The number of properties going into foreclosure and the number of homeowners whose homes are at risk is staggering.
In many cases, a short sale solution can save a homeowner from having a foreclosure on their credit and not having to deal with the foreclosure process. Payment of outstanding property taxes and any delinquent HOA fees are typically paid from the proceeds of the sales.
Considering a Short Sale?
A short sale is used to prevent a home from foreclosure. Often a bank will allow a short sale if they believe that is will result in a smaller financial loss for them than foreclosing.
A bank will typically determine the amount of equity (or lack of) by determining the probable selling price from a Broker Price Opinion or through a valuation of an appraisal.
A short sale is typically faster and less expensive than a foreclosure. A short sale is nothing more than negotiating with lien holders for a payoff less than what they are owed. For the homeowner, the main advantage would be avoidance of a foreclosure on their credit history.
What are the benefits?
- A short sale greatly reduces the damage done to your credit.
A short sale results in the paid-off mortgage noted on a credit report as “settled” or “satisfied in full” or something similar. It is not a negative factor, however, your credit score will fall due to the missed mortgage payments. This is not serious and your credit score can be repaired after several months of paying on time on 2-3 other credit accounts.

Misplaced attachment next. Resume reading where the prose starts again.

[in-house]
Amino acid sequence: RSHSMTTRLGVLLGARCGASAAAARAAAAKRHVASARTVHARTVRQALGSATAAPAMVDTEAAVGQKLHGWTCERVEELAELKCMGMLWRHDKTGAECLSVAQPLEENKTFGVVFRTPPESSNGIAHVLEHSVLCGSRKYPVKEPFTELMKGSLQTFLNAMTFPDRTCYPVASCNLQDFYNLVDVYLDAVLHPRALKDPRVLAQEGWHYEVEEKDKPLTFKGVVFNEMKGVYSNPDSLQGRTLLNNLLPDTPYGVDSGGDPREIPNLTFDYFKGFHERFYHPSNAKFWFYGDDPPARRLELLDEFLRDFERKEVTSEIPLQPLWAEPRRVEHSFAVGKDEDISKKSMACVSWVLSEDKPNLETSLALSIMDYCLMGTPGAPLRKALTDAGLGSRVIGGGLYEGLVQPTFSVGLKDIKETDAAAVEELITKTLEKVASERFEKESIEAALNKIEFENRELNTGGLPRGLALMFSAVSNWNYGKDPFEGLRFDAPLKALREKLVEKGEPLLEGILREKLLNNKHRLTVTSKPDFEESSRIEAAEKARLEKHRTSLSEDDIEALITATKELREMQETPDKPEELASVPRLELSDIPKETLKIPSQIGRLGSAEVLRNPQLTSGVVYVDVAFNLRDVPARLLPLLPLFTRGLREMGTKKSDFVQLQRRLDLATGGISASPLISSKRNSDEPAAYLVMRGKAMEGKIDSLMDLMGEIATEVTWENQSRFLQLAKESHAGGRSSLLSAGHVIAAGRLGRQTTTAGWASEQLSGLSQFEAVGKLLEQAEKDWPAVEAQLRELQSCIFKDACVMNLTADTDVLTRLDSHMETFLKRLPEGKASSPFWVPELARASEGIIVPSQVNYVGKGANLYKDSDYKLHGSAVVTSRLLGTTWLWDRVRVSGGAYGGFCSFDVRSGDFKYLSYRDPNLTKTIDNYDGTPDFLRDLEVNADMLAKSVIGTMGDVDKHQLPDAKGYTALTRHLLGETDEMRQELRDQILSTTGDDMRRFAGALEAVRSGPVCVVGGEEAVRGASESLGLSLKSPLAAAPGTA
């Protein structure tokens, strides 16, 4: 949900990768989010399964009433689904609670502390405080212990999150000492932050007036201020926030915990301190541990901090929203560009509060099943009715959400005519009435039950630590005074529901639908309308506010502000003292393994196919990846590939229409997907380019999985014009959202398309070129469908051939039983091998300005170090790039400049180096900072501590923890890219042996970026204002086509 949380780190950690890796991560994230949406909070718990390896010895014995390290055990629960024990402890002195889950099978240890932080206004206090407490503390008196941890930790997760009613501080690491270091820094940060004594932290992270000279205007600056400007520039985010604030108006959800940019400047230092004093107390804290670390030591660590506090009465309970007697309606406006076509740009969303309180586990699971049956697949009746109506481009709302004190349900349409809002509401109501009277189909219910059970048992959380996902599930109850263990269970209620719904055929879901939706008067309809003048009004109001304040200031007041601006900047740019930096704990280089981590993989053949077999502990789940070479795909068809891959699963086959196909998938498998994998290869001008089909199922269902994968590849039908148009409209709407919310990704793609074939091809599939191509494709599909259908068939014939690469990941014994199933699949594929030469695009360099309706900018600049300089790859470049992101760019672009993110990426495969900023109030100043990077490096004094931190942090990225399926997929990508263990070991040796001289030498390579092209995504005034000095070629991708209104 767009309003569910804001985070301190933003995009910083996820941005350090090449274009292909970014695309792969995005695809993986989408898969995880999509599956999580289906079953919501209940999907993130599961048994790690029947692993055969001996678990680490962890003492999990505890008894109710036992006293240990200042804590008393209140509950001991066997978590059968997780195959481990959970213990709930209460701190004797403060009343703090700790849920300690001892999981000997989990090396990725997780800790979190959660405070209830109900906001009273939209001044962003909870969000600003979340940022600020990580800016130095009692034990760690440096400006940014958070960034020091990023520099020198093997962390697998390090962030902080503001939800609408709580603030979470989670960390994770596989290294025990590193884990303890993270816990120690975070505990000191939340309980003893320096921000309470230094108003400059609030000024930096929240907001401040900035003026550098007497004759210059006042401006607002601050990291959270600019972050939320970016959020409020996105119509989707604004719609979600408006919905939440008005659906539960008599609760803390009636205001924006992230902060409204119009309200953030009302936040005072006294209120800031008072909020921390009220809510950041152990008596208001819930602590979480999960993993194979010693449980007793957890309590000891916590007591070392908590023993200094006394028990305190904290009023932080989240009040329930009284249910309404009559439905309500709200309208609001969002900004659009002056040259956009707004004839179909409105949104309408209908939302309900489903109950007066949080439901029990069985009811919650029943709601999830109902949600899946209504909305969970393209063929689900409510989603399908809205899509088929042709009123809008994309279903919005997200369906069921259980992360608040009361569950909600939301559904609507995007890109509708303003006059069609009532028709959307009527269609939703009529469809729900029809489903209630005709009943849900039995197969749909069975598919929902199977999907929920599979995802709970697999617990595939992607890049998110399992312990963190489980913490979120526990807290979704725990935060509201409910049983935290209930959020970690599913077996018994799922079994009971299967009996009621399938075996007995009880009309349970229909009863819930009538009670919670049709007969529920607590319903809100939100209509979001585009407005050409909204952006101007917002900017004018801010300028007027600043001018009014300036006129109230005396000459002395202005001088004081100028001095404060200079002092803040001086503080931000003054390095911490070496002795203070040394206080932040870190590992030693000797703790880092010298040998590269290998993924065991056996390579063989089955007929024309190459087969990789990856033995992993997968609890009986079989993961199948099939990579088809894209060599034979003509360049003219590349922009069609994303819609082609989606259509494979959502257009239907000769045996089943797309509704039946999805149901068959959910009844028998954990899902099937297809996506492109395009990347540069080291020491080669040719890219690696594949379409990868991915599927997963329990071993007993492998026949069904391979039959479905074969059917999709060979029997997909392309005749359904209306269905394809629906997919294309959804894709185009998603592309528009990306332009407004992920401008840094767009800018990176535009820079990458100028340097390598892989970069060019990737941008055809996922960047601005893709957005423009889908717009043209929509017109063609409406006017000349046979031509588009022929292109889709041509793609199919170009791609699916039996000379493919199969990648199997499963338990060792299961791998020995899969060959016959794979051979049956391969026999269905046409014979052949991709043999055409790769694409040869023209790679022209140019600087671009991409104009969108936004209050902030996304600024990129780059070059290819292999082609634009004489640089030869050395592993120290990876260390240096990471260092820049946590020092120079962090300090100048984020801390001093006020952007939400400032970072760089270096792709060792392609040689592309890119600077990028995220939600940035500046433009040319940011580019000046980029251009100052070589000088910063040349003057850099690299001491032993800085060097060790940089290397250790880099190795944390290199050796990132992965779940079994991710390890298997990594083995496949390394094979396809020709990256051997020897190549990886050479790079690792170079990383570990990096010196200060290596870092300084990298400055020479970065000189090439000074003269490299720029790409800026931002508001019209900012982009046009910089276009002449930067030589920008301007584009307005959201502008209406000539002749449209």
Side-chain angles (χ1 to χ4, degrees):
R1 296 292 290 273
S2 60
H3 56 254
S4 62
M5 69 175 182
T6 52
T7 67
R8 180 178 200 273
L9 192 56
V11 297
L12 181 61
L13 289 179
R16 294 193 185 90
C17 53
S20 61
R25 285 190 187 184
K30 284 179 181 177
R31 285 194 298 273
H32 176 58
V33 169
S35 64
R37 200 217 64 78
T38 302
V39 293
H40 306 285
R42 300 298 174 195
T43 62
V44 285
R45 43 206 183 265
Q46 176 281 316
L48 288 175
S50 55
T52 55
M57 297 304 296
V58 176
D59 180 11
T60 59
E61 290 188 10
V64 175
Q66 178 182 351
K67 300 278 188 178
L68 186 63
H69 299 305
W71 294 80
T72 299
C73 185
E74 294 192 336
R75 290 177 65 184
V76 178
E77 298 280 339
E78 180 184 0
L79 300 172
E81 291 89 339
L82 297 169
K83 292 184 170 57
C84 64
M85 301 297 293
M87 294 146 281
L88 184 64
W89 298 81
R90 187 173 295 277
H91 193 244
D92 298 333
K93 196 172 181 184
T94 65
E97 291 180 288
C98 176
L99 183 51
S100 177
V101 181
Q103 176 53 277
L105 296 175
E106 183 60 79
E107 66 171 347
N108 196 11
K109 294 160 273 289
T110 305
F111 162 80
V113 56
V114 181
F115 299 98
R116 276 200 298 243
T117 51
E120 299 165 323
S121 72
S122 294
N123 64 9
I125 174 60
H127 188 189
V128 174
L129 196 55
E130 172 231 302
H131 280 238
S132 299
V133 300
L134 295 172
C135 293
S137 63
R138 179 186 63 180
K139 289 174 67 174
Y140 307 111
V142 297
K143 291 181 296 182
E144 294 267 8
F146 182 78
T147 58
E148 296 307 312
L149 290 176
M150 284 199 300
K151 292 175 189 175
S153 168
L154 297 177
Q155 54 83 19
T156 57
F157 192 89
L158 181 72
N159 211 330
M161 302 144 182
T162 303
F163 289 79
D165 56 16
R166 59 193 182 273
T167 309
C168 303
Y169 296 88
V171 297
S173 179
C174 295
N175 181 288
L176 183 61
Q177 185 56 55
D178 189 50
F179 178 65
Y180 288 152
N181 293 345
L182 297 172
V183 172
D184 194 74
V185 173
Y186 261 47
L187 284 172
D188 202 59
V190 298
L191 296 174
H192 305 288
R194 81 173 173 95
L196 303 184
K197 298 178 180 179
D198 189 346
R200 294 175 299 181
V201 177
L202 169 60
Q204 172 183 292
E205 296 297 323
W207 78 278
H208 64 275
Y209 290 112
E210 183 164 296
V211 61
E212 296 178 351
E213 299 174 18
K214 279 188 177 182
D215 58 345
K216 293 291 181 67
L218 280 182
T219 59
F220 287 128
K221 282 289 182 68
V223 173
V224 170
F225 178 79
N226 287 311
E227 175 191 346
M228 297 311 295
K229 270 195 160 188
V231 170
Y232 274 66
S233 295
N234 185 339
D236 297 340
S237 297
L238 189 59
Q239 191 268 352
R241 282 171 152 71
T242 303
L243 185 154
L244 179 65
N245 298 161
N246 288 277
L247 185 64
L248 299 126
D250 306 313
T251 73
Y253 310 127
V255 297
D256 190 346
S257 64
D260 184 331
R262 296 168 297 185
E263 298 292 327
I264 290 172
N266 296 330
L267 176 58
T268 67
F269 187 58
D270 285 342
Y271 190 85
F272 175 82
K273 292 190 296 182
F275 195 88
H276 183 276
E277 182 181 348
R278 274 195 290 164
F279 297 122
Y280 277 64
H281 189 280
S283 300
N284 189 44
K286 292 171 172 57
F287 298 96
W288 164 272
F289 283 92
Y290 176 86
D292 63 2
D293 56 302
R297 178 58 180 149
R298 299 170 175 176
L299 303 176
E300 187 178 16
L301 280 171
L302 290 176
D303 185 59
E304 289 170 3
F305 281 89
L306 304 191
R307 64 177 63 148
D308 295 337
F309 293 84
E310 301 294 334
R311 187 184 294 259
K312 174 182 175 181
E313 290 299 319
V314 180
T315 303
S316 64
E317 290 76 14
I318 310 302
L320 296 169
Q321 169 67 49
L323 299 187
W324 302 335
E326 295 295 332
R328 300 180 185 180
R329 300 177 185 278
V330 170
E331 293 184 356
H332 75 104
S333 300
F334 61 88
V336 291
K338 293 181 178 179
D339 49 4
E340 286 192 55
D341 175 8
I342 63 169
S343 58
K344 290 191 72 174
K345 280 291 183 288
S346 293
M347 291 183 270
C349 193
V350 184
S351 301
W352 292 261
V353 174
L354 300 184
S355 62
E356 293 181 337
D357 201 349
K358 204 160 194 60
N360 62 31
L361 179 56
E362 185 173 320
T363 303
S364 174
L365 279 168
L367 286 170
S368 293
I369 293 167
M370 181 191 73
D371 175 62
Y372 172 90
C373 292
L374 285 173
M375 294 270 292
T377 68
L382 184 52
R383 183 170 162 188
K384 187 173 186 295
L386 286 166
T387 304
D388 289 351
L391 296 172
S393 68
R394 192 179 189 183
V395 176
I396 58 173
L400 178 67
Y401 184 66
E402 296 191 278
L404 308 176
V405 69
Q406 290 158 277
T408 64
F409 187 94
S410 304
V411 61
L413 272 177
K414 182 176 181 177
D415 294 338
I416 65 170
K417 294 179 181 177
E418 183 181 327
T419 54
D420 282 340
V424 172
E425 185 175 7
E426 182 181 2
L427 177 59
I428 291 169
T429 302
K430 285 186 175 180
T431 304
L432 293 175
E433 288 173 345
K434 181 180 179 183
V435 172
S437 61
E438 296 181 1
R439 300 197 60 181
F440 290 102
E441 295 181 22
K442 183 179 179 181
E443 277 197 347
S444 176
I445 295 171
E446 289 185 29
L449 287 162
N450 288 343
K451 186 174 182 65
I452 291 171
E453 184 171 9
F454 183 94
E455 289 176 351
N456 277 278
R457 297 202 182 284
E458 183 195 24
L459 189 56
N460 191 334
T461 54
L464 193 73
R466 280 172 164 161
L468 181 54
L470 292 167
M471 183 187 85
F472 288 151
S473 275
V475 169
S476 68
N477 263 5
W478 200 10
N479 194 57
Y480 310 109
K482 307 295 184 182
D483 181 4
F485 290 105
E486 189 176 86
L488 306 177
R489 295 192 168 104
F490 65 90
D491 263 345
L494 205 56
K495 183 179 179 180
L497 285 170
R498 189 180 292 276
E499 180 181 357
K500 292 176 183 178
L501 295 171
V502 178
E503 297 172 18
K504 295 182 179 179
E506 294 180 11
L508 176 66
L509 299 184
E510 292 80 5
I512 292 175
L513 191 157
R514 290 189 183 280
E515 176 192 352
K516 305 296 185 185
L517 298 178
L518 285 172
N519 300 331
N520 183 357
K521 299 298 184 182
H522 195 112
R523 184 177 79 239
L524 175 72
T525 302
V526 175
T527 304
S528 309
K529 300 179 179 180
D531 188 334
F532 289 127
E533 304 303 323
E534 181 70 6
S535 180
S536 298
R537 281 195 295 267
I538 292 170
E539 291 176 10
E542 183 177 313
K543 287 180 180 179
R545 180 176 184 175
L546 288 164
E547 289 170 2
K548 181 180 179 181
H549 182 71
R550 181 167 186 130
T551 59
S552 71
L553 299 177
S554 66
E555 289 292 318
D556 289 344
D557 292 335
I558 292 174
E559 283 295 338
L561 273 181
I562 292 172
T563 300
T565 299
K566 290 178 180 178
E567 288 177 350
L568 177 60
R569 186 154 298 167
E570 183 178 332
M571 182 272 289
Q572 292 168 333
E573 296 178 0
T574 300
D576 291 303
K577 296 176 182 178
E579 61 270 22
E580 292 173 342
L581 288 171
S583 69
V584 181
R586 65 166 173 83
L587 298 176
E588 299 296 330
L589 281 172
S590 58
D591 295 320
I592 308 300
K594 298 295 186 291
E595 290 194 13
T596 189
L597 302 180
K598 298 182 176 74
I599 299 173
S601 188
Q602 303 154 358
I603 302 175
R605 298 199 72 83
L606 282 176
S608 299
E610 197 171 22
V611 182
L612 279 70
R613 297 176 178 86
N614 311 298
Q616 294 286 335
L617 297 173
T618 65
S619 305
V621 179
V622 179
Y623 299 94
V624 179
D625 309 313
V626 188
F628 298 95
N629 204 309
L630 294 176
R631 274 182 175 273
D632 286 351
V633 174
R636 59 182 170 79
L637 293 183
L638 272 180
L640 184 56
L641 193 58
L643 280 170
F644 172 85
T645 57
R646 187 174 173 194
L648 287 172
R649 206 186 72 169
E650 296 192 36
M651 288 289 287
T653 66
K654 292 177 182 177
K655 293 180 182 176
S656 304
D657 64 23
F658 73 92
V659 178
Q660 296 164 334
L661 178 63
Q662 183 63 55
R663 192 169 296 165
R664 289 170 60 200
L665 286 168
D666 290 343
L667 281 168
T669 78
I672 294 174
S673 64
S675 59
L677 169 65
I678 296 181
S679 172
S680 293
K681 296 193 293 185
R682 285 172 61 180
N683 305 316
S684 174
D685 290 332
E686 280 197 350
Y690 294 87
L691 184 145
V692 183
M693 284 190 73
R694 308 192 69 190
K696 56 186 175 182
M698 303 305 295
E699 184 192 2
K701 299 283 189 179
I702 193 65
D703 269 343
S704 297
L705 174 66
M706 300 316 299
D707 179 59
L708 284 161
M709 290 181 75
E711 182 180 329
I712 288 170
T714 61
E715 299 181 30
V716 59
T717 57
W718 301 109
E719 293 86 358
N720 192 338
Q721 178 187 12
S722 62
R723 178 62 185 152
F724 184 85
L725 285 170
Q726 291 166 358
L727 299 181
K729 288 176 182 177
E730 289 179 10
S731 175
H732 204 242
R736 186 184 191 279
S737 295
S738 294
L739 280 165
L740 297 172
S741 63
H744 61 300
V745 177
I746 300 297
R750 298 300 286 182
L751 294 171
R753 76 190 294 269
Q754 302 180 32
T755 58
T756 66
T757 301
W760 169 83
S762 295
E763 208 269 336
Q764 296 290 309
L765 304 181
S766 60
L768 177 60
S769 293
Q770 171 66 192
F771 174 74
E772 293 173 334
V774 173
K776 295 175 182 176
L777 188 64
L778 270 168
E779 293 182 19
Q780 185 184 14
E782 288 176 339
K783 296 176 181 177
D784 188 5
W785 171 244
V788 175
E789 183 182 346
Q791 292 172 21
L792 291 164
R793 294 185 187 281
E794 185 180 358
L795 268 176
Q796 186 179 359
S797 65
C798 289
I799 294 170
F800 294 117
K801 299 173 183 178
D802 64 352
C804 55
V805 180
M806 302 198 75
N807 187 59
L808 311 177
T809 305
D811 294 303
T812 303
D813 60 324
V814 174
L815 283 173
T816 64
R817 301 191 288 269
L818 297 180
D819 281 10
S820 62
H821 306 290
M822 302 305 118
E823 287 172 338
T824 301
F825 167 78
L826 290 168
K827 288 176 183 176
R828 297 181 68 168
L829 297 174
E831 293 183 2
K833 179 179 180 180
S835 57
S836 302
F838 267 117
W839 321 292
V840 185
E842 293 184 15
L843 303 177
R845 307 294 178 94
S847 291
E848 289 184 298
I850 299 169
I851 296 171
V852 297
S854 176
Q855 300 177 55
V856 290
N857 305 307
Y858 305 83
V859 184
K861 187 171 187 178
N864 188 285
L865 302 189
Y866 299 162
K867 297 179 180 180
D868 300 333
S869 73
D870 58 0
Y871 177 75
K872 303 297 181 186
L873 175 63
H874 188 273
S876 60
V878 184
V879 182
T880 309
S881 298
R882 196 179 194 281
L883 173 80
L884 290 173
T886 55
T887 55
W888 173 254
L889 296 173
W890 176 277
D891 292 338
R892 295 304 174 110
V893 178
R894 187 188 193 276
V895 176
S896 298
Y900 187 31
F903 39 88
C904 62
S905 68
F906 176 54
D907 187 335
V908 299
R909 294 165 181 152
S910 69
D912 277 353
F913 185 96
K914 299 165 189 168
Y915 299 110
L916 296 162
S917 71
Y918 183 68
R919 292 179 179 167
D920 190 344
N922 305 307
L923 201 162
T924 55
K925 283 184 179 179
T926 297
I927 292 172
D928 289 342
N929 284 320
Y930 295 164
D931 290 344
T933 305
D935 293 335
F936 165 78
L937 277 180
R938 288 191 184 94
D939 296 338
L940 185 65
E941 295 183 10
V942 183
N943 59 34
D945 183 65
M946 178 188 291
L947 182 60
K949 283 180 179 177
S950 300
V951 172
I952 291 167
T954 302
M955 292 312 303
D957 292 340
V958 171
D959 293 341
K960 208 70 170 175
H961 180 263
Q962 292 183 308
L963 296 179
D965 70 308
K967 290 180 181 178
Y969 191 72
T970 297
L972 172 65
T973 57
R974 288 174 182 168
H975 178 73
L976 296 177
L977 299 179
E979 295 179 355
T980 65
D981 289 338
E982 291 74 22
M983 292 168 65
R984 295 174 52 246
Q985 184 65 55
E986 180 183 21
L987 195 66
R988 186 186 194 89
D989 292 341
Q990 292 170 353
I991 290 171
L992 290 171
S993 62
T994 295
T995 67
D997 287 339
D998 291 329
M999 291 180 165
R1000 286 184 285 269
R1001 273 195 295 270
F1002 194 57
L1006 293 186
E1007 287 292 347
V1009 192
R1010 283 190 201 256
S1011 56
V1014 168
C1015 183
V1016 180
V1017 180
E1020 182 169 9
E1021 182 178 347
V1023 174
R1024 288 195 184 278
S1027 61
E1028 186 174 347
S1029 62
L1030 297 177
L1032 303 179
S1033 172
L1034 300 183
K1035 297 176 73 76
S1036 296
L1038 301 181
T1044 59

- You avoid having a “Foreclosure” recorded on your credit report.
A foreclosure is a judgment recorded in the Public Records. It stays on the credit report for 10 years and can be renewed for additional 10 years at the lender’s request. The judgment amount will include not only the difference between what was owed on the mortgage and what was received but also all the expenses incurred such as attorney’s fees, court costs, and holding costs if the property is not sold at auction. A bankruptcy does not erase a foreclosure. It is an event recorded in the public records, however, it is not a judgment. In terms of credit “hits”, a foreclosure is the most damaging.
- There is no cost to you.
The Realtors commissions and processing fee charged by Short Sale Operations, LLC are paid by the lender at the time of sale.
- You won’t have to go through the foreclosure process with the Foreclosure For Sale signs and public notices.
- Past due property taxes are settled by the lender at the time of the short sale.
What are the consequences?
- Possible issuance of a “1099-C” by the lender.
If the property is your primary residence (homesteaded) then the lender cannot issue a 1099-C. On December 20, 2007, President Bush signed H.R. 3648 “The Mortgage Forgiveness Debt Relief Act of 2007”. This benefits homeowners who participate in a short sale or foreclosure of their primary residence. Under the current law, if the value of a property declines and a bank or lender forgives a portion of the mortgage, the tax code treats the amount forgiven as income that can be taxed. This new bill creates a three-year window for homeowners to pay no taxes on any debt forgiveness they receive.